Learning from “the most sustainable games ever” by Shaun McCarthy
The Olympic Village was constructed to the highest sustainability standards with unprecedented levels of energy and water efficiency. The use of combined cooling, heat and power and black water recycling ensured that energy was both conserved and supplied from more sustainable sources.
However, the Commission also admittedly pointed out that there were “missed opportunities”, especially in their energy plans. This is in part due to LOCOG’s slow development of a comprehensive energy plan. Investigations were also made into the potential to use biofuel as an alternative and/or a complementary solution to diesel particulate filters. Hadleigh Farm and Eton Dorney were the venues identified that could have been fuelled fully by biodiesel. Unfortunately the proposal for biofuel was not taken forward due to the level of Games security required for the provision of all liquids entering venues in the time available.
A document on the lessons learned from planning and staging the London 2012 Games put most blame on LOCOG’s very late response in developing an energy conservation plan and in recruiting people with responsibility. The people eventually recruited made a difference and the target 20% energy efficiency improvements are thought to have eventually been exceeded. An important learning point is that for an event of such a scale, there is no such thing as planning too early when it comes to building relationships with venue teams and influence their plans.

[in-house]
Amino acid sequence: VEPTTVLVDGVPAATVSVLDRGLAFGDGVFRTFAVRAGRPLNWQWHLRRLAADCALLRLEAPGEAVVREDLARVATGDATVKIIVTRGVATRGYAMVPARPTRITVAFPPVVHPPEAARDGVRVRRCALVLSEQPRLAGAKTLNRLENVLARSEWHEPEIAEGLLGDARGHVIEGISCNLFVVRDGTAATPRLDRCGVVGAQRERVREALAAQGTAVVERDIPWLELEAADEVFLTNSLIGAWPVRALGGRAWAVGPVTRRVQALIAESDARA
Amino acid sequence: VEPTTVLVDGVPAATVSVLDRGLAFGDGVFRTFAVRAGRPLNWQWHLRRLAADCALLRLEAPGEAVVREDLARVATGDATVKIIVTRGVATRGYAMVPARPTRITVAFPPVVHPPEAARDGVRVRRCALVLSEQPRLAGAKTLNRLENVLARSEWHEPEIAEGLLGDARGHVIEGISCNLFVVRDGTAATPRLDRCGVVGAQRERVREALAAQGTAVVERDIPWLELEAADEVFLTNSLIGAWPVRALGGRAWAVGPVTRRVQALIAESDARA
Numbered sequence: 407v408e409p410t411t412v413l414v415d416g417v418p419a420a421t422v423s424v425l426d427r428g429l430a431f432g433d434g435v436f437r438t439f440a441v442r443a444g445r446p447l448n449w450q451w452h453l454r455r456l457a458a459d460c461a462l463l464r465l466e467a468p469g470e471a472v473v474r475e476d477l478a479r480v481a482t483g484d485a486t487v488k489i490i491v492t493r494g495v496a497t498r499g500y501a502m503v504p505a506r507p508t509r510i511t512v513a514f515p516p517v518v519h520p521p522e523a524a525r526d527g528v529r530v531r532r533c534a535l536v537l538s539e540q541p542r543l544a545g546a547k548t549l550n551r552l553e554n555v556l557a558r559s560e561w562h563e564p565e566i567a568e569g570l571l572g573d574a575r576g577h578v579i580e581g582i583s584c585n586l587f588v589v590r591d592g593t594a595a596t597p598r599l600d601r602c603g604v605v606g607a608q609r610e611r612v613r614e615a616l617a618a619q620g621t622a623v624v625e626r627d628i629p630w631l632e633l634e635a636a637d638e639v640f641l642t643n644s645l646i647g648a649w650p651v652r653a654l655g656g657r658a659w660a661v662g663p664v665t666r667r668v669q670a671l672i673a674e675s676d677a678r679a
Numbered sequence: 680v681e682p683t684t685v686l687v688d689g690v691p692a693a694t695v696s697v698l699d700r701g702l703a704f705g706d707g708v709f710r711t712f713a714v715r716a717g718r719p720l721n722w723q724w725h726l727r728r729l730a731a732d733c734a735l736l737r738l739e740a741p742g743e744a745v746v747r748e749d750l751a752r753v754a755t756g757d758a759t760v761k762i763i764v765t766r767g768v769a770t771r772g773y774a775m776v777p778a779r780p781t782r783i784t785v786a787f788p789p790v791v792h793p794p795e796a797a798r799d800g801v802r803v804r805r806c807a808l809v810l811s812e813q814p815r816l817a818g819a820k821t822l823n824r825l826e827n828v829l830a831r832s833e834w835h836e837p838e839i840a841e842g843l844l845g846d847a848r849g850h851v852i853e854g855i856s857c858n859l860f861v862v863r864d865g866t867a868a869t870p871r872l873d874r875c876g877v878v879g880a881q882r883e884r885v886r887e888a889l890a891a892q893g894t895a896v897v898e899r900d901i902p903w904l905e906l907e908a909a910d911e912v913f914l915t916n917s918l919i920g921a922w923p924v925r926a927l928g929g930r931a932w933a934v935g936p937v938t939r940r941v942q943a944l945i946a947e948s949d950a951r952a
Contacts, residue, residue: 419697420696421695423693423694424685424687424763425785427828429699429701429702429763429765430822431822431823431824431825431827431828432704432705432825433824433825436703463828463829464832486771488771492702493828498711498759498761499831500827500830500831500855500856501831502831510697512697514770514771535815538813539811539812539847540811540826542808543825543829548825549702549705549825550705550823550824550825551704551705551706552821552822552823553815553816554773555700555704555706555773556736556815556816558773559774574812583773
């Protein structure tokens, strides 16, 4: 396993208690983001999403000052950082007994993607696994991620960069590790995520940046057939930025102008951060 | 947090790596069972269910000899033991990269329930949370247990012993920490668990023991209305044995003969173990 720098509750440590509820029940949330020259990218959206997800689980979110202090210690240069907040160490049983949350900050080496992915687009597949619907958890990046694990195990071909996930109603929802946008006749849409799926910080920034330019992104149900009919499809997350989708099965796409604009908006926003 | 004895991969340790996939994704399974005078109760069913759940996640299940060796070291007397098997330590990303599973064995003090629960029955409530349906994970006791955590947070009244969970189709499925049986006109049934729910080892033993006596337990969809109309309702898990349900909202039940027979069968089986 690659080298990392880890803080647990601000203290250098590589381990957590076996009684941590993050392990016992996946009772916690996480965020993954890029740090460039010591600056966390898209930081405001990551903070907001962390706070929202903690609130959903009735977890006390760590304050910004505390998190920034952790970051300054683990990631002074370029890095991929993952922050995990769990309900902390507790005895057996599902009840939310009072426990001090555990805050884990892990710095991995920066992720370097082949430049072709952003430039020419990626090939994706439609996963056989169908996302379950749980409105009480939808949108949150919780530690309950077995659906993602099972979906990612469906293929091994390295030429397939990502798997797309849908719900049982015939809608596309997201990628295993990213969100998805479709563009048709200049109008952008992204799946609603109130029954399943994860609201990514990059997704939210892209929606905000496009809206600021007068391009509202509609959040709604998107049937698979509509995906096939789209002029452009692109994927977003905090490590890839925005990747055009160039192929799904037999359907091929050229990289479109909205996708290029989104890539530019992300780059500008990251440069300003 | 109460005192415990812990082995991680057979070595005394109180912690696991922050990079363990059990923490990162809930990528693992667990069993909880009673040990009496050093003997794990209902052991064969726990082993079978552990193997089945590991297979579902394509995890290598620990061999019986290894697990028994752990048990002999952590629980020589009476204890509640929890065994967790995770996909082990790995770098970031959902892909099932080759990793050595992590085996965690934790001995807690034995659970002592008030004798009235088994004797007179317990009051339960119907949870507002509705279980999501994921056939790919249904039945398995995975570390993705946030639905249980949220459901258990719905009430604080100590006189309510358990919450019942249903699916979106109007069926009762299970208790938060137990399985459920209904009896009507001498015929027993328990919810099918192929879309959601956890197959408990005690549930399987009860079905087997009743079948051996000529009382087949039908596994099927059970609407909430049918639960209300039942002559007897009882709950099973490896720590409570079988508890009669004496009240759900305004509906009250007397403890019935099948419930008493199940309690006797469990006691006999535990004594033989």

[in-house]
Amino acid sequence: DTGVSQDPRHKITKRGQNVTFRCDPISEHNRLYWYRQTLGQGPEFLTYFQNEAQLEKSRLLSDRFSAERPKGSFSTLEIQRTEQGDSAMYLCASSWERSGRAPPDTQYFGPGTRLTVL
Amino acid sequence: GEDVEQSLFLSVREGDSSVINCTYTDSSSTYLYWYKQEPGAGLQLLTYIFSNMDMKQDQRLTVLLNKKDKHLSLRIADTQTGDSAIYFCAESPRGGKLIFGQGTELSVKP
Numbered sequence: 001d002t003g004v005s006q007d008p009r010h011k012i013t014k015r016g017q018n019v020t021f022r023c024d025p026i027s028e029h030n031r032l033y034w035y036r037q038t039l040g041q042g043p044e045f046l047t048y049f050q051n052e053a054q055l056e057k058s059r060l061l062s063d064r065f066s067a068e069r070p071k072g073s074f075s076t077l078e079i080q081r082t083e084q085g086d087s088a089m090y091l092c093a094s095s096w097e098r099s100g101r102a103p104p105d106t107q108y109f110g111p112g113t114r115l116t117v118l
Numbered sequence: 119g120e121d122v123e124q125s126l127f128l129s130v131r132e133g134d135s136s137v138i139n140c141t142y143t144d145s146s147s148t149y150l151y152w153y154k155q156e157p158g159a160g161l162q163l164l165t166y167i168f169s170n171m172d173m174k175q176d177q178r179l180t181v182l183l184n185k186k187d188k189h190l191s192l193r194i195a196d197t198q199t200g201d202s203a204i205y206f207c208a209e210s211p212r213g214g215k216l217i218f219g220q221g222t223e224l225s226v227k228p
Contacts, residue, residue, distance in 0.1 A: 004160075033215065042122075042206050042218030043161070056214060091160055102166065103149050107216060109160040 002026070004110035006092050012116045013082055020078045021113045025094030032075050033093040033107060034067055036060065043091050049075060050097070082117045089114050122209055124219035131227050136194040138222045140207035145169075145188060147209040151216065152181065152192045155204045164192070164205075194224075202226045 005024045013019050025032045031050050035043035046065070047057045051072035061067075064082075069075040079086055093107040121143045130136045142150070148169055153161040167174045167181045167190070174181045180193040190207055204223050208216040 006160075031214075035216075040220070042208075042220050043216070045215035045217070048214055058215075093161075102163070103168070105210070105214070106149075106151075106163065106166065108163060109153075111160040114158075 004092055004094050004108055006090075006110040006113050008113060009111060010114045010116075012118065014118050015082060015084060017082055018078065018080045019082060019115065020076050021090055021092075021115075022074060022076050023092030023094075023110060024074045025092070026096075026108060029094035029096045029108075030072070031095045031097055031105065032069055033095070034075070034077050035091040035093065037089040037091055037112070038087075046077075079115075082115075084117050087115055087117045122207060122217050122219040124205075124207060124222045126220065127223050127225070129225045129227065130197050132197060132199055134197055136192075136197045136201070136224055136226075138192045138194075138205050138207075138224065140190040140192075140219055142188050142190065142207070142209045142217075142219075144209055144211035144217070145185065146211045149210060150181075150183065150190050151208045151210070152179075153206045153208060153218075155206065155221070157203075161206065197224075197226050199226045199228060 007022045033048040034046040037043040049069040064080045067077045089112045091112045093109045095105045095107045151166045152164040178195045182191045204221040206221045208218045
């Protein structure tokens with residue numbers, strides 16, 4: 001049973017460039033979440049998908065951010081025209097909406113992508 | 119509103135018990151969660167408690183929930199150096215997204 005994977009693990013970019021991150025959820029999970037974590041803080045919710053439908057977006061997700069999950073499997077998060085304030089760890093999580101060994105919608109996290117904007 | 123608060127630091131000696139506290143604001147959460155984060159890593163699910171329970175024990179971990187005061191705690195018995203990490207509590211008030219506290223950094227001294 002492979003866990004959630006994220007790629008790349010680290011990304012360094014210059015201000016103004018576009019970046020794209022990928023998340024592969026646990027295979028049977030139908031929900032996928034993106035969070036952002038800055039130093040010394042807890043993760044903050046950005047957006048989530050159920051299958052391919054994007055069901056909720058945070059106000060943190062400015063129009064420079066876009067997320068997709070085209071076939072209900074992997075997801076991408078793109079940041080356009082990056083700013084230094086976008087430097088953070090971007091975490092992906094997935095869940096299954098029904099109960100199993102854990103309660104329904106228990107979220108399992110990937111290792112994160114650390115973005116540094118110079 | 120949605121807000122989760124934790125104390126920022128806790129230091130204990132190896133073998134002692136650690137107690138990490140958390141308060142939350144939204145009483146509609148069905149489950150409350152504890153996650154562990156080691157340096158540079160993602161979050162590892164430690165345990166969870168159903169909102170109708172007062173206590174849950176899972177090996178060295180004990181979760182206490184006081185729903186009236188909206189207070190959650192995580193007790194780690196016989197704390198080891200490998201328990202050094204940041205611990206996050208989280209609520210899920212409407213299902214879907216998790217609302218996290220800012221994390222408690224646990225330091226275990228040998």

Alternatively fuelled vehicles and innovative demonstration projects using river transport all featured in the comprehensive plan to deliver a vast range of goods more efficiently and sustainably.